Book Review: Katie Ledecky dishes on what makes an Olympic legend in ‘Just Add Water'

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Katie Ledecky didn’t dream of becoming an Olympian as a kid. It was just something she and her brother, Michael, did at a pool in Maryland that she describes as “maximum chill.” The lack of pressure was part of what drove her deep enjoyment of the sport from an early age, and, consequently, her eye-popping success in the years that followed. This is the story that forms the basis of Ledecky’s memoir, “Just Add Water: My Swimming Life.”

Fifteen years old and in London, Ledecky became the youngest athlete ever to win the women’s 800-meter freestyle at the Olympics. She won six more Olympic gold medals in Rio and Tokyo and broke Michael Phelps’s record of 16 individual gold medals at the World Aquatics Championships. She’s widely regarded as one of the best swimmers of all time, but like many athletes, hers isn’t just a story about her elite athleticism — it’s about the people who helped her get there.

Even when Ledecky made that Olympic final in London, her parents refused to acknowledge that she might have a chance at getting a medal, let alone winning the race. They were more invested in her overall wellbeing. “For them, it was almost like, Olympics, Schlympics,” she writes.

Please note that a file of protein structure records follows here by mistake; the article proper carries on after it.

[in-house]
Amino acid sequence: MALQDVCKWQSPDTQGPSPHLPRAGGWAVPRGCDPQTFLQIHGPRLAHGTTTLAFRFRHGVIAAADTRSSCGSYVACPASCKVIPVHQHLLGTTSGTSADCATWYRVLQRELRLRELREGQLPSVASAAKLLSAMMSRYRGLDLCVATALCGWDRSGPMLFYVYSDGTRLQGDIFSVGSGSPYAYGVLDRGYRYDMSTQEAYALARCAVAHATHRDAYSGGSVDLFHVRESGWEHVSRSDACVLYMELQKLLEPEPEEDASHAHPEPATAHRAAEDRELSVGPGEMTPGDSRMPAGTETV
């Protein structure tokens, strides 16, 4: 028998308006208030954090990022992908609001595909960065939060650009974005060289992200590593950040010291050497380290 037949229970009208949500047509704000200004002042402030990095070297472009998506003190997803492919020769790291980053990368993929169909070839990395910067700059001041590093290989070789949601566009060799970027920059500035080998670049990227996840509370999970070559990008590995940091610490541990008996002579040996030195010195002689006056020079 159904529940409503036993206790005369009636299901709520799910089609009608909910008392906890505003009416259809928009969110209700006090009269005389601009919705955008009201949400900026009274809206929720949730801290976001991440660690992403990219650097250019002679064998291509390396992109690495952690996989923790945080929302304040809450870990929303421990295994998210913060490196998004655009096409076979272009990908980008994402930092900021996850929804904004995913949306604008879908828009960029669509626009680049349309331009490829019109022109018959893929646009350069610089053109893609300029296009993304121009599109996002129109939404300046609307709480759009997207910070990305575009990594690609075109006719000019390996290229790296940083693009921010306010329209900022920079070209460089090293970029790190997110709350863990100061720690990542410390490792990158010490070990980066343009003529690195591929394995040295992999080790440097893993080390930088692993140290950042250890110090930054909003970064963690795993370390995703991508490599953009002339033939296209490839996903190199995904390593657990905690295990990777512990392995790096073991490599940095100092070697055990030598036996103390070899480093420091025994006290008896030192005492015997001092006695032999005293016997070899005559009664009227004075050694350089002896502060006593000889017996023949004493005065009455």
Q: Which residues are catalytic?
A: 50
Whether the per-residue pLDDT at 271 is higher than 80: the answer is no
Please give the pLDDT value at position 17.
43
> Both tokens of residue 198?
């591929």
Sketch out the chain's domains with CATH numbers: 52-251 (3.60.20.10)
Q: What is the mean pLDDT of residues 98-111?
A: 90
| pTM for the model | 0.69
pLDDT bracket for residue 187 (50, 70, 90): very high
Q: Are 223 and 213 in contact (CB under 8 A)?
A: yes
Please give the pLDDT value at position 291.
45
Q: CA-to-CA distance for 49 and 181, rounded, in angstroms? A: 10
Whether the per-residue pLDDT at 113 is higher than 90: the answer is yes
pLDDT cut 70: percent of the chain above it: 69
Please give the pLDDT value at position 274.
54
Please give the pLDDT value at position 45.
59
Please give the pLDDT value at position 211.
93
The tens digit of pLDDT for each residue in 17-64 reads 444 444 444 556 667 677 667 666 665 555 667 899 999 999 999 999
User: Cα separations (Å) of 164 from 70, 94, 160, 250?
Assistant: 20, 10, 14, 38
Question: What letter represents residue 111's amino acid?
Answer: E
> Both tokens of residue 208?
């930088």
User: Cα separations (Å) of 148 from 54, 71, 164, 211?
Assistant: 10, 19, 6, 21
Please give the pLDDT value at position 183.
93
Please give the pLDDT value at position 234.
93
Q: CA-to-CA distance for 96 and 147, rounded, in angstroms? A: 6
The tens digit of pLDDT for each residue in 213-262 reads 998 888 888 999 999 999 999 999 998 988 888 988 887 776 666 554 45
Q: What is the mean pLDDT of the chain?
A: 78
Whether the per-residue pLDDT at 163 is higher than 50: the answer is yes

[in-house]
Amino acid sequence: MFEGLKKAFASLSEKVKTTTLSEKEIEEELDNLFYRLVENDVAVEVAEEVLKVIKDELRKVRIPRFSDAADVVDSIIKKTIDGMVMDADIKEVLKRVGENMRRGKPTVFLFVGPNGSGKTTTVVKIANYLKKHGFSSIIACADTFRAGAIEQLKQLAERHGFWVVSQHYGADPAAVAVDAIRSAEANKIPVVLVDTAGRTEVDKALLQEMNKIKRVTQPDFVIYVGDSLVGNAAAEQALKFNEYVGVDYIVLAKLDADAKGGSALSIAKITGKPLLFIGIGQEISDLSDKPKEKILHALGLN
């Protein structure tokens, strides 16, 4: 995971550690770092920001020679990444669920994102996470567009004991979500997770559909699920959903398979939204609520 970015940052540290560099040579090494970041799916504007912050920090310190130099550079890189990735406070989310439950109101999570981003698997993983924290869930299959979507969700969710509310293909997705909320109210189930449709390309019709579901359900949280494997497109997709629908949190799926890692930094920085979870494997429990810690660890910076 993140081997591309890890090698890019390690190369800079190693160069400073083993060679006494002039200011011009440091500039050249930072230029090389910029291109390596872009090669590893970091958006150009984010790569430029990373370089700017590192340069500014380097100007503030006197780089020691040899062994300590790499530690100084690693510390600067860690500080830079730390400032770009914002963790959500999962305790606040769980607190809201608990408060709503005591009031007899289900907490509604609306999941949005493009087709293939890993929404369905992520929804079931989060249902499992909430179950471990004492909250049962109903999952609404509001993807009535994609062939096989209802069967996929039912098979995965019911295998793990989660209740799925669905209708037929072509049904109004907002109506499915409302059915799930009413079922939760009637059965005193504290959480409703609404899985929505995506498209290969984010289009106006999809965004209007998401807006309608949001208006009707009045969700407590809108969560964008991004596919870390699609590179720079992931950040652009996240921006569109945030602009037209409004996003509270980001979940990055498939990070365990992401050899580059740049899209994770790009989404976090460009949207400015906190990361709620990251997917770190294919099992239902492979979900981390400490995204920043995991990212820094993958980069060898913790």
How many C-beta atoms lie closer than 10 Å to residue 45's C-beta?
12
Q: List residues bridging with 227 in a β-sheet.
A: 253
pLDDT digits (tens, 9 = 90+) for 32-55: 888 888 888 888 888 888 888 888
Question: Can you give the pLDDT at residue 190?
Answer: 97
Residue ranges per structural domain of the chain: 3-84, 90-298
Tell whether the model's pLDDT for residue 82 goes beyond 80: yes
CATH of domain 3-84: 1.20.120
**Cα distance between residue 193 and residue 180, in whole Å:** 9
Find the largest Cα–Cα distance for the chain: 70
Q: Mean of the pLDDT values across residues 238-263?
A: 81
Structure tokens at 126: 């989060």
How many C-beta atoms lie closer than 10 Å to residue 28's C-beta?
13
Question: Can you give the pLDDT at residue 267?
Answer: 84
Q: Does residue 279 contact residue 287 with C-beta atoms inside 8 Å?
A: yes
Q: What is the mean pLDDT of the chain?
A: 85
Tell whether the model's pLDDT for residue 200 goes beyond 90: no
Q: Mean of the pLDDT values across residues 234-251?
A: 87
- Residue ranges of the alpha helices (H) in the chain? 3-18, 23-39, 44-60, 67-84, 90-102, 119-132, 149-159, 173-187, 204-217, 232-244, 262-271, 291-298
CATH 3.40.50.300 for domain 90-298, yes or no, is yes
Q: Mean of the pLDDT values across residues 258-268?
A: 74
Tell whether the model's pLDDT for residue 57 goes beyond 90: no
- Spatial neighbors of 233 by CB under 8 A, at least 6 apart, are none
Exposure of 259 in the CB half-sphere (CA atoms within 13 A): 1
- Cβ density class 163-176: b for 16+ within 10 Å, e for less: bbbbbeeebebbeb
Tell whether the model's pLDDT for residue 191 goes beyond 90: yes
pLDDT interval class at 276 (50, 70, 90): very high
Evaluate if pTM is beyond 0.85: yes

This low-pressure attitude combined with her dogged positivity and high ambition underpins the tone of her writing: “Keeping pace with the male swimmers? Why not? Shaving time off my records? Why not? Doing something significant every time I swim? Why not?” It’s clear to see how she’s maintained the mental toughness required to perform at an elite level for so long — she’s currently in training for the Paris Olympics, which would be her fourth.

She also delves into the techniques and training that elevated her swimming and led to her remarkable dominance as a distance swimmer: her discovery of the “loping stroke” that allowed her to get even faster, her right-side-only breathing that ensured she’d only ever come up for air on her good side, the progression-style training that allowed her to continue to swim extraordinarily long distances without getting injured.

Throughout it all, Ledecky’s writing pulses with her love for the pool and an appreciation for all the people that have shaped her into the champion she is — her coaches, her brother, her grandparents, and, of course, her parents. Readers will feel inspired by Ledecky’s enthusiasm and gratitude for everything she’s worked hard to achieve.

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